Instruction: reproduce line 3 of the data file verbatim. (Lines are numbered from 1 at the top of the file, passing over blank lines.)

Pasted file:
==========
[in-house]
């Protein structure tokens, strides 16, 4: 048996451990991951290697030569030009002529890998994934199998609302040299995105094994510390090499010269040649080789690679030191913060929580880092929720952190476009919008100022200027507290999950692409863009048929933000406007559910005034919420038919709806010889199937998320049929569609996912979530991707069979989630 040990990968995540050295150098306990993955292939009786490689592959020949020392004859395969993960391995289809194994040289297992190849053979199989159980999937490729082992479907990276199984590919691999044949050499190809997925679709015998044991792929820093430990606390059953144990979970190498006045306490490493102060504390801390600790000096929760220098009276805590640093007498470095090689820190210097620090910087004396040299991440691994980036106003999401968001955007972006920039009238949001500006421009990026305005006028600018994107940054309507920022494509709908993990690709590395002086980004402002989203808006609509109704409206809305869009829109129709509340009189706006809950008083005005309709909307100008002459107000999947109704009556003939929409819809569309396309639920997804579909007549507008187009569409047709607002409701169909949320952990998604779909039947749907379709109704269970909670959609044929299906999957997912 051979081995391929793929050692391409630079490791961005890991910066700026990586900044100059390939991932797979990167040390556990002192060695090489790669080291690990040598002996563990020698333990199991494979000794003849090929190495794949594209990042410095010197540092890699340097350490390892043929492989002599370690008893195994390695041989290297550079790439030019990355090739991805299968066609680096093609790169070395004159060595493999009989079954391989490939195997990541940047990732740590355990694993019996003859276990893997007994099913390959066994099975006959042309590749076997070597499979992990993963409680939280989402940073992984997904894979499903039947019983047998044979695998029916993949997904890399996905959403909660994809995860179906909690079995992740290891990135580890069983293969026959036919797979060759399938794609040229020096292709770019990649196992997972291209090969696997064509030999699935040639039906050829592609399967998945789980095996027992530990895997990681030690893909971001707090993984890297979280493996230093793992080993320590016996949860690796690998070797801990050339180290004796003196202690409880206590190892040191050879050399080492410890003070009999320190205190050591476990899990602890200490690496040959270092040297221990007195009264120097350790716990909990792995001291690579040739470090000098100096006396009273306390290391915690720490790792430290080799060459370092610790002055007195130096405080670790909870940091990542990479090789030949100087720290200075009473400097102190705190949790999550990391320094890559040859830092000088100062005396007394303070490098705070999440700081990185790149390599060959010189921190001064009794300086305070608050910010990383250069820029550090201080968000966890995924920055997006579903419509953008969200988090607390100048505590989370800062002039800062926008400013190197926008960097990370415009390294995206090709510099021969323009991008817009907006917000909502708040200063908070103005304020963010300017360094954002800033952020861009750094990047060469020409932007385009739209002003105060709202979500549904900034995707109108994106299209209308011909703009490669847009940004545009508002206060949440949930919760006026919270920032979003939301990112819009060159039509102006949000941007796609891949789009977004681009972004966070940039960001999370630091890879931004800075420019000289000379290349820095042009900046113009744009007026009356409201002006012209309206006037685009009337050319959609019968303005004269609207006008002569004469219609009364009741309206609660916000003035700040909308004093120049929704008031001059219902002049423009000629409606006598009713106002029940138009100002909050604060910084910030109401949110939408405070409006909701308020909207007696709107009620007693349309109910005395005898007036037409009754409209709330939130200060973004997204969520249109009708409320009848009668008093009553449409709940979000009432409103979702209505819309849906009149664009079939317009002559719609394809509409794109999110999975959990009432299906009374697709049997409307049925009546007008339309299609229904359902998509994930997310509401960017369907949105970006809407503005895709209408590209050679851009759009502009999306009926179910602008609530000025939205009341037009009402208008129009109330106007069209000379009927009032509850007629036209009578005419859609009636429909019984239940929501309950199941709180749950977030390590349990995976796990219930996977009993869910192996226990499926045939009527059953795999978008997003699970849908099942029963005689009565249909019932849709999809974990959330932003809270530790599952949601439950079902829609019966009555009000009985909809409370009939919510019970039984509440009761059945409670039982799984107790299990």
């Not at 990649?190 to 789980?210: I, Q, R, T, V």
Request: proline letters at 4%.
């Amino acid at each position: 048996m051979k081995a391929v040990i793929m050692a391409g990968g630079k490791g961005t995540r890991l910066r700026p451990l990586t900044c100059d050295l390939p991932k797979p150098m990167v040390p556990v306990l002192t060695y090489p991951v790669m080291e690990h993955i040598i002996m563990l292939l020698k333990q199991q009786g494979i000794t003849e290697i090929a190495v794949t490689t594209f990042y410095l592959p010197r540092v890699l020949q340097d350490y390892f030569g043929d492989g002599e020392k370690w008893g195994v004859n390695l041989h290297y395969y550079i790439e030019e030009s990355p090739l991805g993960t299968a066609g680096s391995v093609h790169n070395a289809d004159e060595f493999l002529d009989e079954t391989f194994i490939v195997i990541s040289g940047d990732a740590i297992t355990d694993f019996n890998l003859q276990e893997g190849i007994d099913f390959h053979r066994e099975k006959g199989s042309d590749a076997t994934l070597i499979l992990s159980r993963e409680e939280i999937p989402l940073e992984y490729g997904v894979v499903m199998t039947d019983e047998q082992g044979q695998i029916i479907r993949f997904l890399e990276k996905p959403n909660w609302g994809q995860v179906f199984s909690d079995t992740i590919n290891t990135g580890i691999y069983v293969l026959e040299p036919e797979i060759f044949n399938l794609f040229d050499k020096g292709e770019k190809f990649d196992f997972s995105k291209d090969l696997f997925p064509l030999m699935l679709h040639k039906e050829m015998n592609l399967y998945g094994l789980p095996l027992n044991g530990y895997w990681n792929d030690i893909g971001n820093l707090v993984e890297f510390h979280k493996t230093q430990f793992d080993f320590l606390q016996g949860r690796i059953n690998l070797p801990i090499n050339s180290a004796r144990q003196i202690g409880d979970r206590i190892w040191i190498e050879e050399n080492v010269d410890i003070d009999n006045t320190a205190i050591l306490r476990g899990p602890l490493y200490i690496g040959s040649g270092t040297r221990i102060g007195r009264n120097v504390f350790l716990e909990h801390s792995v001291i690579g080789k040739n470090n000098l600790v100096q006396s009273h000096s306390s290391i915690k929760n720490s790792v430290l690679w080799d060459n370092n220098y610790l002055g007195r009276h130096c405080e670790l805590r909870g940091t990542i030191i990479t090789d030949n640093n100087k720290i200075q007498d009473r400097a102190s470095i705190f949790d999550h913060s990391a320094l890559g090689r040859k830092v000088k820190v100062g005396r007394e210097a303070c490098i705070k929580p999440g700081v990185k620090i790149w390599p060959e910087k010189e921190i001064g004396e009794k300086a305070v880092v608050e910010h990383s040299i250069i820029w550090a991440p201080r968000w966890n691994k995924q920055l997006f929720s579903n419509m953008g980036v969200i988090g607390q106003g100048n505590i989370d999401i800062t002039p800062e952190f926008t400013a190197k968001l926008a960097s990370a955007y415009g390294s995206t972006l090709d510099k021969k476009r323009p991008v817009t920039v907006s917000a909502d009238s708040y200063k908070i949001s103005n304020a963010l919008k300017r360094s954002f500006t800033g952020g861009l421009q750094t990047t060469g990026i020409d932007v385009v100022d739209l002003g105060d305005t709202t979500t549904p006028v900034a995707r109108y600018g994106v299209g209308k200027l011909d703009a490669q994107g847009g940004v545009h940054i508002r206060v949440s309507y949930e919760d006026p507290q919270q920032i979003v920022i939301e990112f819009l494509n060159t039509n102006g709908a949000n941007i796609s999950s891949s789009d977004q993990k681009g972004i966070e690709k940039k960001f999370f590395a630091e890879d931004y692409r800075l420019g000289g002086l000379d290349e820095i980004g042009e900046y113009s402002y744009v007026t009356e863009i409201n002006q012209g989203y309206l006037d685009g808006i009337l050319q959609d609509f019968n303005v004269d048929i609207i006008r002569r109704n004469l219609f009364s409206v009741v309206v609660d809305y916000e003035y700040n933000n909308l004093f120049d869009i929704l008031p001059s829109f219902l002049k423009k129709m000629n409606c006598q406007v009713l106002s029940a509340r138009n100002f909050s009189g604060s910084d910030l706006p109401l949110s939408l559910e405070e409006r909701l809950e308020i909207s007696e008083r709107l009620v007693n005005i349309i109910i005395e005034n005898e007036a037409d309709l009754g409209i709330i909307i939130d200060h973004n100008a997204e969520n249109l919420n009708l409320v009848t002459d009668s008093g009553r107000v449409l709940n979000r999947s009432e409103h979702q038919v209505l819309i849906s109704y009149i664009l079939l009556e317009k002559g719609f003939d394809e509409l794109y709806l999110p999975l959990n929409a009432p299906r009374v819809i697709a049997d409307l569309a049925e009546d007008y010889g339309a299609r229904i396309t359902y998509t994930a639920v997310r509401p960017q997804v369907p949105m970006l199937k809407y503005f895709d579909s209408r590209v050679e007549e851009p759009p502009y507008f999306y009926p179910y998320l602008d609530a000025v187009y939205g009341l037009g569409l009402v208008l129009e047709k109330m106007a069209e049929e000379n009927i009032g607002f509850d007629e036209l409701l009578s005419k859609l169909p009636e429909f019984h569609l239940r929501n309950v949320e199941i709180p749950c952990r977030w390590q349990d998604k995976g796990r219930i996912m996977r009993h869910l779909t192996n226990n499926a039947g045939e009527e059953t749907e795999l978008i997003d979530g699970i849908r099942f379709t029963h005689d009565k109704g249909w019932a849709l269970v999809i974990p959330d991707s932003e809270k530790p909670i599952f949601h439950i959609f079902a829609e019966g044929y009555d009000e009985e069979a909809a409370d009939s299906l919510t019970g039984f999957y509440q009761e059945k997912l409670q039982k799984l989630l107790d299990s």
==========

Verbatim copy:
């Not at 990649?190 to 789980?210: I, Q, R, T, V």